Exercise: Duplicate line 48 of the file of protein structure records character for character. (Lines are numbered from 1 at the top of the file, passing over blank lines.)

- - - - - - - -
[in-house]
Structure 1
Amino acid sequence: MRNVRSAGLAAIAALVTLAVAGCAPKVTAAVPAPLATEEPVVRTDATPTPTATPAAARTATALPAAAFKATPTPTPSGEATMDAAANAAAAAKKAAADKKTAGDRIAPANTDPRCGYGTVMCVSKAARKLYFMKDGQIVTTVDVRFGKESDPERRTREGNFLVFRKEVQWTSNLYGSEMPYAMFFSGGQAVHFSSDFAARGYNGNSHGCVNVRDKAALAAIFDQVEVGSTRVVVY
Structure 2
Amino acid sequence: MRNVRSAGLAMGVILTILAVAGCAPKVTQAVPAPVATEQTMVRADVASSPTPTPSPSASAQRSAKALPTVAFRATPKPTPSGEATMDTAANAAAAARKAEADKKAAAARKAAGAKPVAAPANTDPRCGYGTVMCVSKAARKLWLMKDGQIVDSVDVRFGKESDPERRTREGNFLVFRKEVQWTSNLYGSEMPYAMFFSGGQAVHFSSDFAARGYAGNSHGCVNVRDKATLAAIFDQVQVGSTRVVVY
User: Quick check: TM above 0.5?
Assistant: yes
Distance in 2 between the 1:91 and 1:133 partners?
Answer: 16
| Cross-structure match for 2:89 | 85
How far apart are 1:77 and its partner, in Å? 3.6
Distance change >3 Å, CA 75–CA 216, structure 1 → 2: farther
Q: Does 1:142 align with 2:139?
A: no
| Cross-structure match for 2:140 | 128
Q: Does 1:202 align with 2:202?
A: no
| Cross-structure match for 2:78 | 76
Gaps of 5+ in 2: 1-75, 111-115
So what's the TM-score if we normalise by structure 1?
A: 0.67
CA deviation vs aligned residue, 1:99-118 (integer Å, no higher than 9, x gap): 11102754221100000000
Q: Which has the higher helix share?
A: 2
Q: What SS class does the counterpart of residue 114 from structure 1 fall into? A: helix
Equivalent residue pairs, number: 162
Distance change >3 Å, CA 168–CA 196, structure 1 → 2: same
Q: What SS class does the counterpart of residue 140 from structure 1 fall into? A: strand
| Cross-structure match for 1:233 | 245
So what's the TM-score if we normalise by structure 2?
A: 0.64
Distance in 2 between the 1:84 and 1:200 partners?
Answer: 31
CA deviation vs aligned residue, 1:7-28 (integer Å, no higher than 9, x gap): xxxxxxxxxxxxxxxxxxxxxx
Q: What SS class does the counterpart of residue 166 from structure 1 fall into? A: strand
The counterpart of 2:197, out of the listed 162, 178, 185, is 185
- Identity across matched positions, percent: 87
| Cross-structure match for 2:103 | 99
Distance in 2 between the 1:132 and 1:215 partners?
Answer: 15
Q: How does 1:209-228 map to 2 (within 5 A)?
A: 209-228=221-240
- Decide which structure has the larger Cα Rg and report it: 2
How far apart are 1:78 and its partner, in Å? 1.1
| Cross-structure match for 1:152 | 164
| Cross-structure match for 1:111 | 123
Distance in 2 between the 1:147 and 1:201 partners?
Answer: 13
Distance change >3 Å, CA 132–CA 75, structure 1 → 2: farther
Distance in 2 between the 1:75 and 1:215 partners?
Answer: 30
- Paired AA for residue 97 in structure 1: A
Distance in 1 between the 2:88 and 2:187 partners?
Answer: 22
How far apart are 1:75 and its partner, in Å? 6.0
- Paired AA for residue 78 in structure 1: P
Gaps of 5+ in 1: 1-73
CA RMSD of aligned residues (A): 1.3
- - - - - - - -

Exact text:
Answer: 13